Gauss' theorem

Gauss' theorem

[′gau̇s ‚thir·əm]
(mathematics)
The assertion, under certain light restrictions, that the volume integral through a volume V of the divergence of a vector function is equal to the surface integral of the exterior normal component of the vector function over the boundary surface of V. Also known as divergence theorem; Green's theorem in space; Ostrogradski's theorem.
At a point on a surface the product of the principal curvatures is an invariant of the surface, called the Gaussian curvature.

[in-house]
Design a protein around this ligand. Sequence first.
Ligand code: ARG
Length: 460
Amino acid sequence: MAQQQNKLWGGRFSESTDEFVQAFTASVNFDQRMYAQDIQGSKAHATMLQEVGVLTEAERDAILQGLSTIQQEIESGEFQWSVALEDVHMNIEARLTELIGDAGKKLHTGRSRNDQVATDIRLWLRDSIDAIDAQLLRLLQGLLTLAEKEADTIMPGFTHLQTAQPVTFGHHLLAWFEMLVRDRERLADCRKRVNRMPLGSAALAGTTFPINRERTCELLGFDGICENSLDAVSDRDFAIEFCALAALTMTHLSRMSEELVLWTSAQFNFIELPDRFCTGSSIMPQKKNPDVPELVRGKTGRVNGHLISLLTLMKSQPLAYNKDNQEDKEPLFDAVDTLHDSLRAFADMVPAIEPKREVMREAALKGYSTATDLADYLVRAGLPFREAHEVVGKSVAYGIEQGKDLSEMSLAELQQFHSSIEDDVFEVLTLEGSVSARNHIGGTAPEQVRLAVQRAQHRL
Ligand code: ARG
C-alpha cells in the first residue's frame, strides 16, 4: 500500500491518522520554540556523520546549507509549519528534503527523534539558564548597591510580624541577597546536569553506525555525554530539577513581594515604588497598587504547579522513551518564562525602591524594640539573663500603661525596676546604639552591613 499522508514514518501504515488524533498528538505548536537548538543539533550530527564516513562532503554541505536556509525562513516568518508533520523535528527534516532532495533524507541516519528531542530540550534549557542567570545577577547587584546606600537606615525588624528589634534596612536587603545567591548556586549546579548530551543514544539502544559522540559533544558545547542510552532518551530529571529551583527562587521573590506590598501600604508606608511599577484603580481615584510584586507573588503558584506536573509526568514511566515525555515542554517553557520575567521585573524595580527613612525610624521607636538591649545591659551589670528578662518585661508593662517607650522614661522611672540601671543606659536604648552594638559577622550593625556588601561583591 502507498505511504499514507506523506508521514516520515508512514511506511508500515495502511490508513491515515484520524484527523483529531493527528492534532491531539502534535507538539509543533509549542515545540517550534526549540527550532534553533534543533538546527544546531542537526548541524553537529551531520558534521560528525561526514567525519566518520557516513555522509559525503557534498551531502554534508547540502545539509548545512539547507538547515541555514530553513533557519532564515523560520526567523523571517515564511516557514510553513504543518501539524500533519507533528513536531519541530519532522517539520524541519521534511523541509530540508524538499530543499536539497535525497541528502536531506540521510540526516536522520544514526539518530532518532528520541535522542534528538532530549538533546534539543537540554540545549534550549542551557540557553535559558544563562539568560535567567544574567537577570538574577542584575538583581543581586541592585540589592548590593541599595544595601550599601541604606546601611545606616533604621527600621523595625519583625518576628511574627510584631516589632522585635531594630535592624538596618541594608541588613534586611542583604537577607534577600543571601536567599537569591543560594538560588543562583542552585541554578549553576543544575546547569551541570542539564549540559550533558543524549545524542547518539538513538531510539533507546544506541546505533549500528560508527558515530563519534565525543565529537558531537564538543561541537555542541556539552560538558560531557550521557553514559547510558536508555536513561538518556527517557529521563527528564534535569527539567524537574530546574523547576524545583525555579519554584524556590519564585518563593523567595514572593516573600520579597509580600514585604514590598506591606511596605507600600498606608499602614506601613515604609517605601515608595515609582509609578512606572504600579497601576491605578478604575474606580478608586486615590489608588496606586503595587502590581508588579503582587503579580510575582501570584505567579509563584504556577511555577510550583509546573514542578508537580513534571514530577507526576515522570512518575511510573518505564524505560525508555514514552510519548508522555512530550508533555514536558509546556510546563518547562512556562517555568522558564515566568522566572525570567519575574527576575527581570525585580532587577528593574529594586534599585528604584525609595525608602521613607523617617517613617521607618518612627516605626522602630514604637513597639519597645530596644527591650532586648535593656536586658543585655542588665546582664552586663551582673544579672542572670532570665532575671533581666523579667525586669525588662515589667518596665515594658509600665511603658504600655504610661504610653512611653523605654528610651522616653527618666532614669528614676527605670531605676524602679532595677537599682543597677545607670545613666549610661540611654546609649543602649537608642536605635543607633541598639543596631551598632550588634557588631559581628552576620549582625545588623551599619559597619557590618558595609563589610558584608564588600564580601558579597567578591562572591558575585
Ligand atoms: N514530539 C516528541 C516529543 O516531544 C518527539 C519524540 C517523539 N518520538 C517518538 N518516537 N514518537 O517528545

References in periodicals archive ?
Using Gauss' theorem, we can rewrite this as a surface integral:
Again, we employ Gauss' theorem to express the total energy as a surface integral:
One more time, we employ Gauss' theorem to express the total energy as a surface integral:
Like our above illustration of the Poisson equation, a misunderstanding of Gauss' Theorem,
2]u, we cannot determine the nature of the scalar field u simply from the Poisson equation or Gauss' Theorem.
So one can consider the hypothesis of continuity as a first approximation, and one can re-examine the Gauss' theorem